5 Most Common General Dental Treatments
Many people put off dental visits because of fear and anxiety. They may also feel a bit confused and overwhelmed with the many treatments and procedures available – from dental fillings to root canal, implants to extraction. Perhaps it’s because they’re afraid to know what procedure they will need to have, or maybe it’s merely because of not knowing exactly how the procedures are done.
Being knowledgeable about dental procedures and treatments will help alleviate anxiety and fears. Having information will also make your dental experience a lot more comfortable. Below is more information on the five most common dental procedures in every dental office.
This is a dental procedure that is extremely common. A situation calls for a root canal when the tooth’s pulp, which is the tissue found in the center of the tooth, has become infected or inflamed that it needs to be isolated. The infection or inflammation is usually be caused by faulty crowns, various dental procedures on the affected tooth, deep decay, or a chip or crack in the tooth.
If the tooth is not treated right away or it becomes even more infected, then a buildup of pus can form which will then leads to an abscess. An abscess is a condition that can destroy the bone surrounding the affected tooth, and it’s tremendously painful. After having a root canal procedure, the dentist will check if a dental crown is needed to place on top of the tooth to add an extra layer of protection. The affected tooth (or teeth) that is filled is more prone to breakage than the normal, healthy teeth.
Dental fillings are the most commonly performed procedures in a dental clinic. The procedure starts with a dental exam to check if you have tooth decay. The method for checking for tooth decay may include using x-rays or cavity-detecting dyes. If the cavity is only on the surface, the dentist will make use of white composite or silver metal materials to even out the surfaces by filling the hole.
Filling the cavities means it will not be able to grow any more significant, and the affected tooth will be sealed. Apart from being a solution to cavities and tooth decay, dental fillings can also fix any trauma that left your teeth broken or cracked.
Dental Bridges and Implants
When it comes to replacing missing teeth, bridges and implants are the common dental solutions. The first solution is a dental bridge, which is also referred to as fixed, removable denture. It’s a false tooth that latches on either side of the teeth through the crowns. Your natural teeth or dental implants can support dental bridges.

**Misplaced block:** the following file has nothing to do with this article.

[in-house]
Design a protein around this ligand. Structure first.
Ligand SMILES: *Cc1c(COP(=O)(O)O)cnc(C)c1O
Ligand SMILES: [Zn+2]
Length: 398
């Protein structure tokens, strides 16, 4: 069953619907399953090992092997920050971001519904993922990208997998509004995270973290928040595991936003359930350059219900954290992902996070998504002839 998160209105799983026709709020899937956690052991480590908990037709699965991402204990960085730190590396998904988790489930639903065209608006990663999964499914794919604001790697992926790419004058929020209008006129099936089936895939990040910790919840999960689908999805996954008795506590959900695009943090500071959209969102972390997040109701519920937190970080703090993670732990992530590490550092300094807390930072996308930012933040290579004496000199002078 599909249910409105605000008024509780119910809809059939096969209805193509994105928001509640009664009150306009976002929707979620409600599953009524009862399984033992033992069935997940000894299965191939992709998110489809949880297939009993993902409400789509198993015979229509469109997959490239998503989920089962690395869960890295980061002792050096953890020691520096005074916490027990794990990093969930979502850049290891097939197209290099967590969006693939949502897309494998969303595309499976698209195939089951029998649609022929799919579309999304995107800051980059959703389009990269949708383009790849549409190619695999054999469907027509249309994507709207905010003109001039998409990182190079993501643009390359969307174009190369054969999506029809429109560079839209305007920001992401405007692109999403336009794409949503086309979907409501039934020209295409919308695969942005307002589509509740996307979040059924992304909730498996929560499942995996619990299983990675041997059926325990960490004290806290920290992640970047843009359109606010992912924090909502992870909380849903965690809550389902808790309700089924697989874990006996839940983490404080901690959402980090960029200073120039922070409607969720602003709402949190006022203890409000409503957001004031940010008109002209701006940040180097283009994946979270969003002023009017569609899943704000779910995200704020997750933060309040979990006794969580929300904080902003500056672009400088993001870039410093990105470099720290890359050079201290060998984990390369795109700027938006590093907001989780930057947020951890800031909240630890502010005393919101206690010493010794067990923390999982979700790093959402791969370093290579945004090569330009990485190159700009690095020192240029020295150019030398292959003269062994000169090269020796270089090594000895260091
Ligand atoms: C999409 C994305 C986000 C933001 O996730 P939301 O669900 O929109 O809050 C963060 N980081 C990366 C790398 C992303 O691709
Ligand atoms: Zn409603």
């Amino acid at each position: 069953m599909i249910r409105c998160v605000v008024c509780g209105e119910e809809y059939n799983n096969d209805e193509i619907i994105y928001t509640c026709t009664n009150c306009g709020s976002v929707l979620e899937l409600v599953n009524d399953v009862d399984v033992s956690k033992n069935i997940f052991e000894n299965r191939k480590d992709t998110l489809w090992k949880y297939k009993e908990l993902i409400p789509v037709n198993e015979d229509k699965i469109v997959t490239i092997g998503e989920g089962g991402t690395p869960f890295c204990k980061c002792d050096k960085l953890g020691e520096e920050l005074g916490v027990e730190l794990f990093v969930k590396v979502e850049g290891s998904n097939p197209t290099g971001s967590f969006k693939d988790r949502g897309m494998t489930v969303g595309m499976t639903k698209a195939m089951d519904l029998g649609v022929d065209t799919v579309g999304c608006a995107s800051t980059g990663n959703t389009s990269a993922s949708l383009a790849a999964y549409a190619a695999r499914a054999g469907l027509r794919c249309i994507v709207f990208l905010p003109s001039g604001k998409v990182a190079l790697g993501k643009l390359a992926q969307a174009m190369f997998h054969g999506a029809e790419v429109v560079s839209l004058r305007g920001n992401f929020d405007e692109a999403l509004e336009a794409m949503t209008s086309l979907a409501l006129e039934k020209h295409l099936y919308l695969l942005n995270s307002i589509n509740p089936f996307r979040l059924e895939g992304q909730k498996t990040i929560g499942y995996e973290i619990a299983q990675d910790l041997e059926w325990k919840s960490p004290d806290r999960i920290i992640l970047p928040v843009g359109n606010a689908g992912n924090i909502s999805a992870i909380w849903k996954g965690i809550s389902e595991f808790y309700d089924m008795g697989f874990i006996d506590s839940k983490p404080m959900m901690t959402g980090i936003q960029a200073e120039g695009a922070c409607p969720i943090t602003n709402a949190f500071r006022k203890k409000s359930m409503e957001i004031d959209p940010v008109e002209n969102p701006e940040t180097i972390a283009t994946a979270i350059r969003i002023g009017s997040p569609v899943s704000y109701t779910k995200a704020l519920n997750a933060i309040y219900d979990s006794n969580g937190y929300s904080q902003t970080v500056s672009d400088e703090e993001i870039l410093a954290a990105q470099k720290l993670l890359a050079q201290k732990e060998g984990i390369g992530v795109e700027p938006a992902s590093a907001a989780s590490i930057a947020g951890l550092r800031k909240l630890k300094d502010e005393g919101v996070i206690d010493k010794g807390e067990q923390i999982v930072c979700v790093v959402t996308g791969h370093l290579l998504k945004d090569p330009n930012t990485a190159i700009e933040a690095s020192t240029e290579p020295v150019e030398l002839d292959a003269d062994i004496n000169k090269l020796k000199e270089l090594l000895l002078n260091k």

The second solution to missing tooth or teeth is using a dental implant. This dental innovation looks and acts like natural teeth; it can also include the root and the crown. Implants are metal frames or posts that attaches into the bone socket of the tooth that is missing. During the healing process, the implant expands around the metal post and eventually fixes into the jaw. Dental implants actually merge with the jawbone, so they become permanent as time goes on and begin to feel like your natural teeth.
Dental crowns can permanently cover your existing teeth. This dental procedure is done when the tooth has a lot of decay or has been broken or chipped. Crowns are also used after a root canal procedures to add an extra layer of protection on the affected tooth. Usually, dental crowns are constructed with porcelain, metal, or a blend of the two.
A dental crown procedure will start with the use of an anesthetic to numb the tooth and the tissue surrounding it. After the numbing process, the dentist or dental assistant will file down the tooth to make room for the dental crown. If there’s already too much tooth missing, then dental fillings will be used to build up the affected tooth and make sure it can support the dental crown.
After the reshaping or the filing down of the tooth, the dentist will create a mold that will be sent off to the dental lab. Your dental crown will be processed at the lab to make sure it fits you perfectly. The manufacturing of the crown may take several weeks. For the meantime, you will be given a temporary crown which can be removed until you get the permanent one. On your second dental visit, your tooth will have to be anesthetized again before the dentist can put in the new crown.